During my planning period when I was teaching fifth grade, I left my classroom and walked to the teachers’ workroom. At that time, my elementary school’s student enrollment was over a thousand students and the school’s long sprawling hallways reminded me of my own high school two decades prior. Consequently, the walk to the workroom used to take approximately 2 minutes. About half-way there, I passed a teacher verbally disciplining her students in the hallway outside the classroom. I glanced over at the three children and continued to the workroom where I spent about 7 to 10 minutes making Xerox copies and checking my mailbox.
As I walked back to my classroom, I passed the same teacher still reprimanding the same three kids. I gave the four of them more than a glance this time. The students’ eyes were glazed over, and they were clearly not listening. The conversation length was at least 10 minutes, and I can state with absolute confidence that that redirected conversation was long past the point of productive. (Pragmatically, I do not recommend discussing behavioral issues with more than one child at a time for several reasons. There are privacy issues, and there is safety and less accountability in numbers. It is always difficult to assign equal involvement to all three as well – depending on the incident, of course. Separating and addressing the children individually is universally more effective.)
In general, the mass number of student management redirections involving elementary students usually require a conversation that should be straight to the point. Otherwise, they will tune out the teacher or administrator as they frequently do with their own parents. In these situations, I have discovered the most effective means in redirecting a student is a 1 to 2 minute, four simple question scenario. The administrator/teacher must control the conversation at this point, and the conversation is not a negotiation.
“What did you choose to do?”
“What were you supposed to do?”
“Why was your behavior inappropriate?”
“What will you do next time?”
– Consequence, document and talk to parents, as necessary. Done!
I emphasize ‘choose’ in the initial sentence. I strongly believe that students need to be personally empowered – a student always chooses their conduct based on their own volition. I recommend the teacher/ administrator engage proactively and not reactively with the child in the immediate future after an incident has occurred. For example, it is highly effective to positively engage with the child the next morning and repeatedly throughout the school day with the intent to remind the student of the expectations that were previously discussed. This administrative proactive approach should continue for a number of days until it is not needed. The administrator is guiding the child to engage in appropriate behavior while simultaneously building a positive relationship out of a negative event! Lastly and importantly, if the child is making good choices, compliment the child on their positive choices.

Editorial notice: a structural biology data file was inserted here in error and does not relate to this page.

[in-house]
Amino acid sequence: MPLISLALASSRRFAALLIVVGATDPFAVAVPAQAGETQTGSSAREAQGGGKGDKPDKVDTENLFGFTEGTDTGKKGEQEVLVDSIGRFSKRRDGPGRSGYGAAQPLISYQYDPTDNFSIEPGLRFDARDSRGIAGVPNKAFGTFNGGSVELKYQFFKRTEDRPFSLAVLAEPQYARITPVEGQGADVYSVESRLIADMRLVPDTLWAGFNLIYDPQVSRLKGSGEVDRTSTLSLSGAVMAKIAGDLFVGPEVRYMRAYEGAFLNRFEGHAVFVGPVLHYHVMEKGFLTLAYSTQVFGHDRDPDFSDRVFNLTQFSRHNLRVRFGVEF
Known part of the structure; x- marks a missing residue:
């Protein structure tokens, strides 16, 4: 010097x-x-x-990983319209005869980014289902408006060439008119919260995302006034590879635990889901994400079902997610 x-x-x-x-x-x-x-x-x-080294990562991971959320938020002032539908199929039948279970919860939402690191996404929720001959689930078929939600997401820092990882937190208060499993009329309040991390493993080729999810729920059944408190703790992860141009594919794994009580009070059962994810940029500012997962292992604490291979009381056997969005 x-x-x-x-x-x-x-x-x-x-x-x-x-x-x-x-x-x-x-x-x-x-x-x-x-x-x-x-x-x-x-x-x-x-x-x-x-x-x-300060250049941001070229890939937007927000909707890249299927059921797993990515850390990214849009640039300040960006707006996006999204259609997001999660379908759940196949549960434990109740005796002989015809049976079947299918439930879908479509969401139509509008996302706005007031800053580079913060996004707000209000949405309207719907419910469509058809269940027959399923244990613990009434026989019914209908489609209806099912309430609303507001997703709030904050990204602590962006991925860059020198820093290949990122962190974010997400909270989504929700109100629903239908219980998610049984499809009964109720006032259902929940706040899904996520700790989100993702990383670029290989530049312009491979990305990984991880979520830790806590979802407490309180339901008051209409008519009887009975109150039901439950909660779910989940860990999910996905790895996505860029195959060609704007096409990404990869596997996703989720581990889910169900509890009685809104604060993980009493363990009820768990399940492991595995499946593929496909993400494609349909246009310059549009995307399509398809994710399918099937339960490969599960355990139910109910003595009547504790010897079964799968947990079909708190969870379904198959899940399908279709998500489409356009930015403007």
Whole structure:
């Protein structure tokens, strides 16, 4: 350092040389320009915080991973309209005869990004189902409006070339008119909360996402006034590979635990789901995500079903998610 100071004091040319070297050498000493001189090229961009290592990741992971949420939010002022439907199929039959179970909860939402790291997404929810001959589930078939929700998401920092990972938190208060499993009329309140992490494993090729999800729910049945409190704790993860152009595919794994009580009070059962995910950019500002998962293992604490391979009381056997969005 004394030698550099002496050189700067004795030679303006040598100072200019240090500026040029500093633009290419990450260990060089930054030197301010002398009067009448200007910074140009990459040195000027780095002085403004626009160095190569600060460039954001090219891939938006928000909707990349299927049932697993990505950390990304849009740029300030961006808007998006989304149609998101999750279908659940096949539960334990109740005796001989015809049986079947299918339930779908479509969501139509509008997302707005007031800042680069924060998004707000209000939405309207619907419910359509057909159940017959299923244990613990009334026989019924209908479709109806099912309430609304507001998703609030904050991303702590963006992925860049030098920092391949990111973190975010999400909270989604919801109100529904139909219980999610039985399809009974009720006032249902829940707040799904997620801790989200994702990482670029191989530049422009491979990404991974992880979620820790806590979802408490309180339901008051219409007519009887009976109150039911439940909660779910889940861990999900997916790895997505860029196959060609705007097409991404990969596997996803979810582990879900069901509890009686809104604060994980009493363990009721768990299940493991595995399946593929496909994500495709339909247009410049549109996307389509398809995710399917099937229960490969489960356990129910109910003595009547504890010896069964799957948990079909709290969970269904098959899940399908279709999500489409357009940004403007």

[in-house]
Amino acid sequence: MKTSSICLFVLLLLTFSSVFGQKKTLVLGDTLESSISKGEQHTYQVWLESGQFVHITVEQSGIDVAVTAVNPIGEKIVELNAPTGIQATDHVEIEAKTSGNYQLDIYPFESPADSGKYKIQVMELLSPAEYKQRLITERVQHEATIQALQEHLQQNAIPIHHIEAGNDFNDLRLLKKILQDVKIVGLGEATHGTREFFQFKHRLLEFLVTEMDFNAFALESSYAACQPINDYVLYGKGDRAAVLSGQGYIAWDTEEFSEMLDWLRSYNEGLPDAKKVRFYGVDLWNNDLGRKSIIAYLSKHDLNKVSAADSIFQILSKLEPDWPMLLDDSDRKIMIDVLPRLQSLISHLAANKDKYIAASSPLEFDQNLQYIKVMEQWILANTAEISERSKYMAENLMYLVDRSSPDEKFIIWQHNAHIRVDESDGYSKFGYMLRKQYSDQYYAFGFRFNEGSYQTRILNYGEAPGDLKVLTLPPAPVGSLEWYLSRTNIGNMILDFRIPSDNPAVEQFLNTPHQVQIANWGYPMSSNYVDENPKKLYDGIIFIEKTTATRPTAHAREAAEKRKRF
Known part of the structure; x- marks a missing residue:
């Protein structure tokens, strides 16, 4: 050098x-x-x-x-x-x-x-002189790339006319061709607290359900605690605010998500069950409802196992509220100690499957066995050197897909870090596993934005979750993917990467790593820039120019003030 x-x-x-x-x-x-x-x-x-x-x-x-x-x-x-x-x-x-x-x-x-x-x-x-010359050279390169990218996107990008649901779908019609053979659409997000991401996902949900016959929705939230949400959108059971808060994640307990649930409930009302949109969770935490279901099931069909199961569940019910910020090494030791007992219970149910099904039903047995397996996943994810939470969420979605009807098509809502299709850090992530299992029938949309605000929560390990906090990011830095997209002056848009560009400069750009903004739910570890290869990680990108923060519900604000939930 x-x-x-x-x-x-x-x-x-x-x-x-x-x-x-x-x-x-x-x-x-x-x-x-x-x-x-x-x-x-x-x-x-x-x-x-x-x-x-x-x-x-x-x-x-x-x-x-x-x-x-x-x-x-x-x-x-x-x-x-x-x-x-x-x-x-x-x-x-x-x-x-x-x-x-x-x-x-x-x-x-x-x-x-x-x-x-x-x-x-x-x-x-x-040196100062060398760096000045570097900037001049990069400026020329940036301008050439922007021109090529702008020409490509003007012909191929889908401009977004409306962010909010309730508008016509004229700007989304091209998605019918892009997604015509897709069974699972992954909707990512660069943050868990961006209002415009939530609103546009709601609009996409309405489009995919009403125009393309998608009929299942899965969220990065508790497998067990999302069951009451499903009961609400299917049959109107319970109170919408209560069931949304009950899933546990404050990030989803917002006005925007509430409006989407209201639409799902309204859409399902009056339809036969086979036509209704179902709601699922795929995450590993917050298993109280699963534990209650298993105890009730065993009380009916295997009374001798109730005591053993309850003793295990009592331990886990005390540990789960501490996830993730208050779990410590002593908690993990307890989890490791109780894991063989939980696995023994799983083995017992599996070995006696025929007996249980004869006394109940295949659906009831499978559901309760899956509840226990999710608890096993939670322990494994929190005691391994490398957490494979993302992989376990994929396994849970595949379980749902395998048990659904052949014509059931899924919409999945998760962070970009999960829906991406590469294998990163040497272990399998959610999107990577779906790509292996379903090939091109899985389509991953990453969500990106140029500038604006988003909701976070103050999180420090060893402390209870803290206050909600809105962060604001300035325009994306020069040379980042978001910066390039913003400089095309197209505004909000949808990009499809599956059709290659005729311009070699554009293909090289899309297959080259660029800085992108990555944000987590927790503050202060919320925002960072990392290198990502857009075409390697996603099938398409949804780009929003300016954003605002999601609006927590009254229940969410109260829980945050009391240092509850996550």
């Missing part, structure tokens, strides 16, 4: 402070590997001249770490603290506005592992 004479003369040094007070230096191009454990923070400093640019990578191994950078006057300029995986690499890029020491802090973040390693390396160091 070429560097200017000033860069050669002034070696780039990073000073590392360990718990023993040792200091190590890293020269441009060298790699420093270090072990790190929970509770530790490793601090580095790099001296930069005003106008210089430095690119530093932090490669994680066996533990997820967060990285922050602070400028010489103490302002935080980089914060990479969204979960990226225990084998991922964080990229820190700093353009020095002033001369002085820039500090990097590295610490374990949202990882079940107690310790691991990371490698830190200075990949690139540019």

Depending on the child, prior events and the severity of the incident, the teacher/administrator must make a decision whether or not to telephone the parent. The vast majority of time the parent needs to be contacted, but if the incident is so minor, empower the child to do the right thing in the future. If the situation requires parental contact, I strongly recommend connecting with the parent prior to the school dismissal bell or the child often presents an altered and more favorable version of the facts of the incident to their mother and father. It is also effective, if the teacher or administrator talk with the parent with the child present – listening and participating in the conversation, either in person or a conference call. In doing so, everyone is on the same page. Document and date the conversation in writing, and the child signs the document. It is not the parent, teacher or administrator choosing to not follow the set rules and expectations; it is the student’s sole choice.
I invariably relay the following declarative statement to the student in a calm and reassuring tone of voice, “We can’t change yesterday or what has already happened, but we can choose to change what occurs in the future.”
Furthermore, I recommend asking the child the following question, “Am I trying to help or hurt you, today?” Of course, the administrator and teacher are trying to help and guide the child for future success.
Finally, if an intermediate level student is struggling repeatedly with behavior, I often use this interrogative response, “How can I help you be successful?”
Several important things have occurred. First, there is a positive relationship bond that begins to form. The teacher and the administrator are trying to help the student, and it is acknowledged as such by the child. Second, the student chose to act inappropriately. No one made them act that way. It was the child’s choice. The teacher/principal is simply meting out the consequence – and proactively guiding the child to make better choices in the future.